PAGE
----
Audiobook Review: Dust by Joan Frances Turner

18 05 2012

Dust by Joan Frances Turner

Read by Eva Amurri

Penguin Audio

Length: 9 Hrs 57 Min

Genre: Zombie Apocalypse, Zombie Perspective

Quick Thoughts: Dust is at times lyrical, and often mind numbing, yet always beautiful and compelling. Turner stays true to the grueling, visceral nature of the typical zombies yet leads us in directions that opens up new windows into their souls. Dust is a must read for those looking to shake off the normal trappings of an often stagnate genre, and experience something that is utterly different and refreshing.

Grade: B+

They say in order for you to truly understand someone you need to walk a mile in their shoes. I’ve always agreed with this sentiment, and have tried to live according to it despite that petty larceny arrest. As a huge fan of Zombie fiction, I tend to look at the Zombie as an enemy, and for good reason, at least on the surface level. I mean, zombies spread disease, their moaning makes it hard to sleep at night, and they have an annoying little habit of trying to eat my flesh. Perhaps, this is knee-jerk xenophobia. Perhaps, if I walked a mile in their rotted, disease ridden shoes, I would understand them better, and accept their cultural differences. Recently, I have read a few novels from the Zombies point of view. In fact, two of these novels, Warm Bodies, and Raising Stony Mayhall, made my end of the year favorites. I think, listening to these novels have given me a new perspective. Zombies can fall in love, have empathy, care about their fellow undead scavenger, and fight to remedy the social injustice leveled at them simply because of what they eat, and how they smell. Of course, being that what they eat tends to be our brains, and entrails, well, I think the social equality for Zombies movement has an uphill battle.

I knew I would need to listen to at least one Zombie perspective novel and I ended up choosing Joan Frances Turner’s 2009 novel, Dust. Dust is the story of Jesse, a young, former vegetarian, who is now a member of an undead gang called the Fly-By-Nights. Jesse and her gang spends most of their time hunting animals in their territory, and dealing with internal and intra-gang struggles while trying to avoid the humans flame throwers, until one day a not quite dead, yet not truly alive girls shows up, changing everything. In Dust, Turner violates all the rules of traditional Zombie literature, turning the genre on its head, and creating something fresh. As you begin to get a handle of Turner’s versions of the undead, she again gives the genre a spin, sending her world into an apocalyptic spiral. Turner never allows you to get comfortable in her world, as the undead rules begin to change and evolve so does the dynamics of the characters, along with the pacing and style of the novel. What starts out as straight forward prose, takes on a lyrical, dreamy quality, as the changes Jesse and the world began to undergo has her questioning everything. Dust is at times lyrical, and often mind numbing, yet always beautiful and compelling. Turner stays true to the grueling, visceral nature of the typical zombies, describing in loving and often disturbing detail their eating habits, the rotting of their flesh and their unquenchable hungers, yet leads us in a direction that opens up new windows into the souls of zombies. Dust is a must read for those looking to shake off the normal trappings of an often stagnate genre, and experience something that is utterly different and refreshing.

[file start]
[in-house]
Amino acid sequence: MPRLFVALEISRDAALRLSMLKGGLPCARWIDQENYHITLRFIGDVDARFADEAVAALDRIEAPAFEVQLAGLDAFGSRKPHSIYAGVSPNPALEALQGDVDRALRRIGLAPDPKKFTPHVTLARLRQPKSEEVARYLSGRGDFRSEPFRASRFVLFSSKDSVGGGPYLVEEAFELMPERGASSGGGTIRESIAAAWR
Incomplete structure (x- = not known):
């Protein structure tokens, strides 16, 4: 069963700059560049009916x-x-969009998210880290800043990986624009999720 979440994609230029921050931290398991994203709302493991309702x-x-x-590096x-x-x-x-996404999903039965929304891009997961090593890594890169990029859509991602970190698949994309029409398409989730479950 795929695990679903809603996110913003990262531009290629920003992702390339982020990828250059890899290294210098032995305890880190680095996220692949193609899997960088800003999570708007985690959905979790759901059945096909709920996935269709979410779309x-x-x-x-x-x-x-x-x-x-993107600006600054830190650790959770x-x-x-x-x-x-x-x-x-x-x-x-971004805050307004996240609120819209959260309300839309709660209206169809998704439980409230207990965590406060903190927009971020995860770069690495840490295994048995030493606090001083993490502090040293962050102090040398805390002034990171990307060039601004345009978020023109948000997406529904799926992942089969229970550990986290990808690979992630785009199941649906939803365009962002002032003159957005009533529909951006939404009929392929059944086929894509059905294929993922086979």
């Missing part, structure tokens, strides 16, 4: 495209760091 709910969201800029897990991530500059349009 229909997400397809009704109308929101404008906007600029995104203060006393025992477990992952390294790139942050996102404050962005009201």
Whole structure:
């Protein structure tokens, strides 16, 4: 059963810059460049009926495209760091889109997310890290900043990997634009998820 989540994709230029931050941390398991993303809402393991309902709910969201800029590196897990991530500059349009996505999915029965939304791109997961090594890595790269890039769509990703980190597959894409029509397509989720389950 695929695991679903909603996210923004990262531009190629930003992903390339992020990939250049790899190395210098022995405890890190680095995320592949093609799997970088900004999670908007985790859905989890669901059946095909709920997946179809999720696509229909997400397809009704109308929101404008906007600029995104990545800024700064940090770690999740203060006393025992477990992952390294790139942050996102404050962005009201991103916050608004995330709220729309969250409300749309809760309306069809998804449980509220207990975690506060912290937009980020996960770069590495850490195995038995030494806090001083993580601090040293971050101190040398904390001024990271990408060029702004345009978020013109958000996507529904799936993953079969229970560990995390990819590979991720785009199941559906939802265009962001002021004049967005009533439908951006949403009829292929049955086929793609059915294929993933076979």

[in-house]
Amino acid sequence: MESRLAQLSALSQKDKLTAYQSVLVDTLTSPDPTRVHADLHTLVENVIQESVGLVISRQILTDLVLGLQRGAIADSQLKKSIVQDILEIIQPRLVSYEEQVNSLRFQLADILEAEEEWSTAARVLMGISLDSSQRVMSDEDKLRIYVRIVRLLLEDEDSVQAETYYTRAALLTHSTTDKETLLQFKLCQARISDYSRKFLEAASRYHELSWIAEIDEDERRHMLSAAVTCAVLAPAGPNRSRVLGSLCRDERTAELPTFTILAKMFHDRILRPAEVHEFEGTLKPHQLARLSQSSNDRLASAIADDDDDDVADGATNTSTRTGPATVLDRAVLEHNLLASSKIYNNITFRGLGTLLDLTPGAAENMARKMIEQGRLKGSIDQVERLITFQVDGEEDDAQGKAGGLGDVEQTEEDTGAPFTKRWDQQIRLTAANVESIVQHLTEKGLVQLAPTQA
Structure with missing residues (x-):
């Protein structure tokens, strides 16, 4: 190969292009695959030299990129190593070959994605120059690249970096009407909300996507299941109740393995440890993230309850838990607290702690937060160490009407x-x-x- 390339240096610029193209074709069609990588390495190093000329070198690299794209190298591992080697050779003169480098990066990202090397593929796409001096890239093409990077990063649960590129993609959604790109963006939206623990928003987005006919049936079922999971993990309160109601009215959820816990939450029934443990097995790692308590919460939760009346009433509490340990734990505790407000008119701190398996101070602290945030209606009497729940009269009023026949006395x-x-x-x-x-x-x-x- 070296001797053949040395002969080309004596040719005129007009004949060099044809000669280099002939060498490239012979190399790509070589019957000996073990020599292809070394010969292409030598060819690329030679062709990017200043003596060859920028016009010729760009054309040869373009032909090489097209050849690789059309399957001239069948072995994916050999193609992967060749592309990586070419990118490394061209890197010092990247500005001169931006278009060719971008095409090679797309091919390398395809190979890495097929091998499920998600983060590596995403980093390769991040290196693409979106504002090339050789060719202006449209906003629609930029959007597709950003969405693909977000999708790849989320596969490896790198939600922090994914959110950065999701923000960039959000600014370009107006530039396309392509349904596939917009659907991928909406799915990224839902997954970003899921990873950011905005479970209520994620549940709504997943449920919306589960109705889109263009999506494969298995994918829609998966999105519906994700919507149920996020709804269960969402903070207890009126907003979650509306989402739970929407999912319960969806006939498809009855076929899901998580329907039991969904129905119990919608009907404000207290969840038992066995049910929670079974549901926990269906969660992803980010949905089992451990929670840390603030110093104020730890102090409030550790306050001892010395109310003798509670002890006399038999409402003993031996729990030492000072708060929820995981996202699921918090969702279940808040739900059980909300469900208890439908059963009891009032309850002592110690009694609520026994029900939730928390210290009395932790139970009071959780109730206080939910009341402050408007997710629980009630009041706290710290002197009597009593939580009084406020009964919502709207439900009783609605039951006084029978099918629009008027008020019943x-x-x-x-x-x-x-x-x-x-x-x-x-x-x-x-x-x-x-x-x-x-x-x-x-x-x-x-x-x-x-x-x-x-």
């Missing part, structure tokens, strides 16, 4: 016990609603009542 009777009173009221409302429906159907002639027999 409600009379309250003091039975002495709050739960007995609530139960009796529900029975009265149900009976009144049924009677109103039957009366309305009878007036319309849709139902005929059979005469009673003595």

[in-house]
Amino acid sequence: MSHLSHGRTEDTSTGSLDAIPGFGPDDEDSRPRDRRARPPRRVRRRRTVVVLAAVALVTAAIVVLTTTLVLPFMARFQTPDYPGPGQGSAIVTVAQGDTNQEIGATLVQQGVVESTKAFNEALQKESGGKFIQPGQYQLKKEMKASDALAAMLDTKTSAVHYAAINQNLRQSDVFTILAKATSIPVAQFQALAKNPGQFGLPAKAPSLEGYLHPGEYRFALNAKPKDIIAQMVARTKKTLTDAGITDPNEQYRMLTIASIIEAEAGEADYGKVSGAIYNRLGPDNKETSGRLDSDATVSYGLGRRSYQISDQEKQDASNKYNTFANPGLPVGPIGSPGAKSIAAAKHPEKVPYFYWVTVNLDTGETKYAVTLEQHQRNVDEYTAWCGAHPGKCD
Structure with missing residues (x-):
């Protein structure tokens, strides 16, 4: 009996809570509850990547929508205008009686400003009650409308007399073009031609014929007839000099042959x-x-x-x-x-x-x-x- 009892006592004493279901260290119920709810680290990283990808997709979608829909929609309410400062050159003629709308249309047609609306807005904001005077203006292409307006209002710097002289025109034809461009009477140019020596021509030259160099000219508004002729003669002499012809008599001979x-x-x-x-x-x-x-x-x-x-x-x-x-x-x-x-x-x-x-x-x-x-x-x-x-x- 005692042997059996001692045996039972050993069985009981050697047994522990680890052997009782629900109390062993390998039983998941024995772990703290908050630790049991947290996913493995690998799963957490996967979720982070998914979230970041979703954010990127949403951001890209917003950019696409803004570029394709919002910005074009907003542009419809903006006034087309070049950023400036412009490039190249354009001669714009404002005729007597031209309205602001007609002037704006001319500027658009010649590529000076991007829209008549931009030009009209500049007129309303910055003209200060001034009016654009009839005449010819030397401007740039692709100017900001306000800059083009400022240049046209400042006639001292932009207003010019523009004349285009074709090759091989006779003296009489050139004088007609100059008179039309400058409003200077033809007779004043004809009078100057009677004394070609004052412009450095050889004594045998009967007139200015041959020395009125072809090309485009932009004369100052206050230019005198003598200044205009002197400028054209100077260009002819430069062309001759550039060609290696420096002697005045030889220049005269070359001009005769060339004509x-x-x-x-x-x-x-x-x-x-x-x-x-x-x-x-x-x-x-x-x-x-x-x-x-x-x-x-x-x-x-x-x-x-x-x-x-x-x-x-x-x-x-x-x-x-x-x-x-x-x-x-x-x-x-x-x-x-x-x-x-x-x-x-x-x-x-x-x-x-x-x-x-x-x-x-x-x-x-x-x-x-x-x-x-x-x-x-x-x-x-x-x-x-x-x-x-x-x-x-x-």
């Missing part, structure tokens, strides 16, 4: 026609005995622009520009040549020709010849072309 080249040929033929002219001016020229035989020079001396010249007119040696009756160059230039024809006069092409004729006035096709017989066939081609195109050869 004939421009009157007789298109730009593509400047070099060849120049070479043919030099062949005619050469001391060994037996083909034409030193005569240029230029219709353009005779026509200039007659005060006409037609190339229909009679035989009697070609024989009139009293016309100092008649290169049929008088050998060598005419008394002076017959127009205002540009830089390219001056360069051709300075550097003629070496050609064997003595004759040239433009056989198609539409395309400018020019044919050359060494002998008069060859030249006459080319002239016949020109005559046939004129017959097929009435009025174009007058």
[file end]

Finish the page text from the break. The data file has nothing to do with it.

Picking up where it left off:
Eva Amurri gives an interesting performance in her reading of Dust. She has a wonderful, off beat voice, that suited Jesse well, plus allowed her to give interesting twits to all the other characters. I loved how each voices was given their own sort of cadence, particularly the members of Jesse’s and rival gangs, who almost seemed to have their own rhythmic patois. In the early parts of the novel I did struggle a bit with her pacing. Much of the early action was read in a hyper kinetic way, almost like she was speed reading. This worked well with the world of the Fly-By-Nights, showing the rushed violence of the hint and the brutality of the initiation rites, but it sometimes was a bit overwhelming. As the novel evolved, so did Amurri’s narration, taking on an almost sing songy quality as during some of the more dreamy segments of the narrative. Overall, Amurri’s narration kept me mesmerized, often matching the narrative flow perfectly. Sadly, Turner’s follow-up to Dust, called Frail, is not available in audio, but Dust works well as a self contained stand alone, so that should not keep people from listening.

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2 responses

18 05 2012
DevourerofBooks (@DevourerofBooks)

I had no idea that DUST was from a zombie’s POV! I used to have a copy, but I think it may have ended up purged, I may have to look into getting it in audio, now.

20 05 2012
Zombie Awareness Month Recap: Week 3 Update « The Guilded Earlobe

[…] Dust by Joan Frances Turner (Audiobook) […]

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